The data of the study population at initial study are reported in Table 1. The general changes of clinical and electrophysiological data are reported in Table 2.

Table 1: Data of the population after acute MI

Table 2: General modifications of clinical and electrophysiological data through 7.5 years

Non-invasive studies:

LVEF did not change significantly. Mean QRS duration on the signal-averaged ECG increased significantly on study 2 (p 0.04).

Invasive studies:

Six patients had significant coronary stenoses, cause of ischaemia at thallium exercise test and coronary angioplasty was performed before the second PVS.

Sustained monomorphic VT was induced in 11 patients on study 1; all of them had inducible VT with a cycle length of >220 ms (n= 8) or of < 220 ms (n=3) on study 2. The rate of the inducible VT was different (>15%) in 6 patients. However the mean heart rate of the VTs induced at the first and second study was not statistically different (p 0.06). There was a trend toward a slower rate of induced VT at the second study, from 205±35 beats/min to 190±55 b/min: the rate of inducible VT was slower at the second study, except in 2 patients who had inducible VFl at the second study. The mode of induction was different in 3 of the 11 patients with inducible VT. Three patients of this group had a revascularization with no changes at second study. The morphology of the VT differed at the first and second study in 6 patients.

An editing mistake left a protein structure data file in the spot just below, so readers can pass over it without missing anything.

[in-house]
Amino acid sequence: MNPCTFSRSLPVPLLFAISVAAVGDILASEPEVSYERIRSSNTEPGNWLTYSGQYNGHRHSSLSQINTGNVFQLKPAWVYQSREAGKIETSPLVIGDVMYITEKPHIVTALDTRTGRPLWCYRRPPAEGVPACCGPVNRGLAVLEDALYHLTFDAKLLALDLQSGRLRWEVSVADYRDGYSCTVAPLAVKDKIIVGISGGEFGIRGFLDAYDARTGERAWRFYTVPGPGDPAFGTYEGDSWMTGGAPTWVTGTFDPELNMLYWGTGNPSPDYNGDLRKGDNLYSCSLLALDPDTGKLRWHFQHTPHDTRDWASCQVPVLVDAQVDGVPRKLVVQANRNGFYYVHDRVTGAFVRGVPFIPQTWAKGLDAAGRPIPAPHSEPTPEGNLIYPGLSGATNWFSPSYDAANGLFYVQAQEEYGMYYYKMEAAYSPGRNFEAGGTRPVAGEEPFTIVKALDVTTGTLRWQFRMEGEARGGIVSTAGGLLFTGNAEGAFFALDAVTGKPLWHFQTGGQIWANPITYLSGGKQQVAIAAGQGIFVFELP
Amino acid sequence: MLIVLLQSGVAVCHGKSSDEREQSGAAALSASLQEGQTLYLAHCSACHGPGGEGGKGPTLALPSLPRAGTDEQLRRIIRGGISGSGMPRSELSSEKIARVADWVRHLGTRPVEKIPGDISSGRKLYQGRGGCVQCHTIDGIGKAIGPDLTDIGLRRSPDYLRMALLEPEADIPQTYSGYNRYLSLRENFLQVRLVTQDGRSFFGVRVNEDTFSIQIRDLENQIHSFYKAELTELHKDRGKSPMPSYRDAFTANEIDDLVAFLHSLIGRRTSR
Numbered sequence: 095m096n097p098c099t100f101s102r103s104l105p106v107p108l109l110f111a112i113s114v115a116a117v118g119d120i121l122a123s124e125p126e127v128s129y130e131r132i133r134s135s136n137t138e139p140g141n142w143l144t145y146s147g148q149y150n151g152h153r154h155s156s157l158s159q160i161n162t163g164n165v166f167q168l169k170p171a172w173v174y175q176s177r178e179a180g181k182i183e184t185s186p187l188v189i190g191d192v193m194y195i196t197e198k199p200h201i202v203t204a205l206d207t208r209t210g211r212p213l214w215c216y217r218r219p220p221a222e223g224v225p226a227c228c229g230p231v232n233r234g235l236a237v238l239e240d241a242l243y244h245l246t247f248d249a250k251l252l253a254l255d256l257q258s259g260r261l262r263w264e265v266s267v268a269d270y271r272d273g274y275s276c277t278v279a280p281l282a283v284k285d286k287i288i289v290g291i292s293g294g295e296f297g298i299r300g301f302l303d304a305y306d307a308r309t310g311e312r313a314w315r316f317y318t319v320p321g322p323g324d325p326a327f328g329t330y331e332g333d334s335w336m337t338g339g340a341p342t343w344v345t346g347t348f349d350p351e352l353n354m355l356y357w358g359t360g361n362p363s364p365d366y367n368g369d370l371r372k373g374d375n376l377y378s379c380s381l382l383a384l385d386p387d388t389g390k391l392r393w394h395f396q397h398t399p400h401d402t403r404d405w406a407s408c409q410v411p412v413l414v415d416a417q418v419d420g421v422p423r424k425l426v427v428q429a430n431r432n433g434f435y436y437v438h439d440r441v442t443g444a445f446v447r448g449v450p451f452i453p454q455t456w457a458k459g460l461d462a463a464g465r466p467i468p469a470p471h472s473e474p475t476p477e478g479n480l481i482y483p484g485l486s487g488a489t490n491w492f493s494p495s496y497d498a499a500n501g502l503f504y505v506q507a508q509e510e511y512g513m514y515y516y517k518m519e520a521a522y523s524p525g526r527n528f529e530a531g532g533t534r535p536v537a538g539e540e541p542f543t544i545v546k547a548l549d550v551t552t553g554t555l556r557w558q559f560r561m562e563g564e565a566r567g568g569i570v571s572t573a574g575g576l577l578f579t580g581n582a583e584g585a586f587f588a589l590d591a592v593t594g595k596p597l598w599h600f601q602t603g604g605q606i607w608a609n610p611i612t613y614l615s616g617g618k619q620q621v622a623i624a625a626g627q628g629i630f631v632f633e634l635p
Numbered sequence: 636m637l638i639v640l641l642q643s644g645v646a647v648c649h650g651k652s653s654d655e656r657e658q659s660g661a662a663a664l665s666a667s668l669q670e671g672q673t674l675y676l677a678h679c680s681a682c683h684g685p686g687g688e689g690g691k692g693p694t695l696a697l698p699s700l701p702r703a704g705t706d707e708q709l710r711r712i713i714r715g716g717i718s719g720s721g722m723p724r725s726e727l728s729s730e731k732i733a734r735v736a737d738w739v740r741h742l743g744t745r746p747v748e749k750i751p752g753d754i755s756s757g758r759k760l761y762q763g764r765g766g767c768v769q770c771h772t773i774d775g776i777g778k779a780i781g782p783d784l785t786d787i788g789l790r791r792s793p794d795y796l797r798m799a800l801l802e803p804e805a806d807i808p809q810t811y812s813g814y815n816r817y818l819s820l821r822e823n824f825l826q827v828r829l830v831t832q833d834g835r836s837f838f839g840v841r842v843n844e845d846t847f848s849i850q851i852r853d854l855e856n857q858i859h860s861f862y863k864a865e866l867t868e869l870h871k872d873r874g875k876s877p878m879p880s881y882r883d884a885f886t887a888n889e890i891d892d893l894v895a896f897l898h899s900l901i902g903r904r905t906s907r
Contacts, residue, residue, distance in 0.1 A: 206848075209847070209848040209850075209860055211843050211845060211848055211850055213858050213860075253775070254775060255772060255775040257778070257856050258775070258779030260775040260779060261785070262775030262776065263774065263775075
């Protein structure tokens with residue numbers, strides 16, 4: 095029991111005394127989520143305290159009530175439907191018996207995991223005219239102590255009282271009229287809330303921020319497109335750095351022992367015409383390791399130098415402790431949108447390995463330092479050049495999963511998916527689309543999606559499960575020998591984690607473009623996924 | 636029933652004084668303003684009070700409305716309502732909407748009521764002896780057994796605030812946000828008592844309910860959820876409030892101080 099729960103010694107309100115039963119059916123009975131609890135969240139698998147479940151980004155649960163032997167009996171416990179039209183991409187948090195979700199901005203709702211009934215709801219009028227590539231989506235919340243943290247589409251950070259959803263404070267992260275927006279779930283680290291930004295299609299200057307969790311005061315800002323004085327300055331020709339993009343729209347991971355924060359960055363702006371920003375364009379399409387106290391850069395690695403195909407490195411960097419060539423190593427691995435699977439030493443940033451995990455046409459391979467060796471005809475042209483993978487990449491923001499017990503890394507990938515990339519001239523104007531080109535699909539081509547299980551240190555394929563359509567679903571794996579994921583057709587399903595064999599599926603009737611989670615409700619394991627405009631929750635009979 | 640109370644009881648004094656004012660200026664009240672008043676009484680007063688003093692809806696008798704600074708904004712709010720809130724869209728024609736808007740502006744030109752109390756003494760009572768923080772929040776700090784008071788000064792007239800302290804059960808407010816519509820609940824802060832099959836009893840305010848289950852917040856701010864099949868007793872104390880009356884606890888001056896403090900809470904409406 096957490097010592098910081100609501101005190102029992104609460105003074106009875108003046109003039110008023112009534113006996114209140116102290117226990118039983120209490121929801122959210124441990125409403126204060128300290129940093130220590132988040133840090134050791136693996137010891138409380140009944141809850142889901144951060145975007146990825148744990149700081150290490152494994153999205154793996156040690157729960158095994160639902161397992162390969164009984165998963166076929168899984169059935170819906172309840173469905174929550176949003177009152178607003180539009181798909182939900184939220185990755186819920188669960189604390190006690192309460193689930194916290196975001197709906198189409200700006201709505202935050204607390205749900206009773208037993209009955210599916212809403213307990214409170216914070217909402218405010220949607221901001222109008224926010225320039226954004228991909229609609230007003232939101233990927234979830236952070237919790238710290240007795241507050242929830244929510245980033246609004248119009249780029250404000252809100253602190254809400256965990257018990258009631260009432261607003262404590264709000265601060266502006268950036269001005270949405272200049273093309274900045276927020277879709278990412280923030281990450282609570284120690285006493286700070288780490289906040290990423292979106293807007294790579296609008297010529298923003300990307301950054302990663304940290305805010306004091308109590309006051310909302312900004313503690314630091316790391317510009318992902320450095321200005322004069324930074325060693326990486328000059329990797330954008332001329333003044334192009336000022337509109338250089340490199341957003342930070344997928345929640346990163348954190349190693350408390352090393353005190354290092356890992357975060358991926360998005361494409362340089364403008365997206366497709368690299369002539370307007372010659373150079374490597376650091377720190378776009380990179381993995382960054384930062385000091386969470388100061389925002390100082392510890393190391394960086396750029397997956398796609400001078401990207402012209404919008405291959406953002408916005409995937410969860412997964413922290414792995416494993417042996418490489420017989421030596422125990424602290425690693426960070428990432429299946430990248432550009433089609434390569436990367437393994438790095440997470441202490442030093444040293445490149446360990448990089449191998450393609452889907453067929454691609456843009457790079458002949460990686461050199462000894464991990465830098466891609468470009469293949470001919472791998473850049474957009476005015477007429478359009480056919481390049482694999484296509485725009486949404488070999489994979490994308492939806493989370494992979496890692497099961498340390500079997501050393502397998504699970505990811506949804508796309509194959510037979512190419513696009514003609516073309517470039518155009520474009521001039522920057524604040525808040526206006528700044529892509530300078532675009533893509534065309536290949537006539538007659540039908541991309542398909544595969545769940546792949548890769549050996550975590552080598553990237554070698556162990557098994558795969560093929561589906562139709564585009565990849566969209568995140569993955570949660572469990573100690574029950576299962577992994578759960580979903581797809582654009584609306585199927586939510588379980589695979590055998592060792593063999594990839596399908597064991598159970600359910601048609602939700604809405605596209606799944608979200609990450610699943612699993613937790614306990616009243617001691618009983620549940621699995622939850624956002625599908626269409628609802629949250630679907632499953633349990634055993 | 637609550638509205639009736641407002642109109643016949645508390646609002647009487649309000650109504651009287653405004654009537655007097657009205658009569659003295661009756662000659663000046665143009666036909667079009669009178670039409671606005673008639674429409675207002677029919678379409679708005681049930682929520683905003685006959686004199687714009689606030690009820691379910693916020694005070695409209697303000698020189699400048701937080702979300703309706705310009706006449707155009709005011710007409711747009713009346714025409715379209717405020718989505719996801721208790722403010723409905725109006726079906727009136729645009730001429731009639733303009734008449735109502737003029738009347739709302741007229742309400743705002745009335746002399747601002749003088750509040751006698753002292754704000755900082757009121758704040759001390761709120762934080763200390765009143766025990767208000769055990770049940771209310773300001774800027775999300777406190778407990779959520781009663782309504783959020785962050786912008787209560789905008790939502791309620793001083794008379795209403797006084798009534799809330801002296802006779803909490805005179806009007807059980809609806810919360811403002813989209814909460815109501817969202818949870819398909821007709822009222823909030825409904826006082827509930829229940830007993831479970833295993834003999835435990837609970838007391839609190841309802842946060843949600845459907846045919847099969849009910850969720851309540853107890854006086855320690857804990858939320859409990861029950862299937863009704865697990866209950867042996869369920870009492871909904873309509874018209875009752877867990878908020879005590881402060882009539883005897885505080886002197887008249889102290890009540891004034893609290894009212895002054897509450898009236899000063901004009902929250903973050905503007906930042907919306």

VFl (n= 13) or VF (n=1) was induced in 14 patients on study 1. Ventricular flutter was induced by 2 extrastimuli in 6 patients and 3 extrastimuli in 7 patients. Ventricular flutter remained inducible in 4 patients; 5 patients had inducible VT with a cycle length of > 220 ms and 4 had a negative study on study 2. Two of these last patients had a revascularization. The only one patient with inducible VF with 3 extrastimuli had still inducible VF with one extrastimulus.

Twenty-five patients had a negative PVS on study 1; 7 of them had inducible VT on study 2, 4 patients had inducible VFl and in 14 patients PVS remained negative.

PVS reproducibility:

Total reproducibility of programmed stimulation was 70 %. The reproducibility was 100 % when sustained monomorphic VT was initially induced with the induction of a VT or a VFl at second study. When VFl or VF was initially induced, VT or VFl/VF remained inducible in 71 % of patients. When the first study was negative, it remained negative in only 56 % of patients.

Factors of changes of PVS:

In patients with initially inducible VT, there was a trend for an increase of QRS duration from 128±25 ms to 138±25 and a trend for a decrease of LVEF (from 34±11 % to 31±12 %) (Table 3).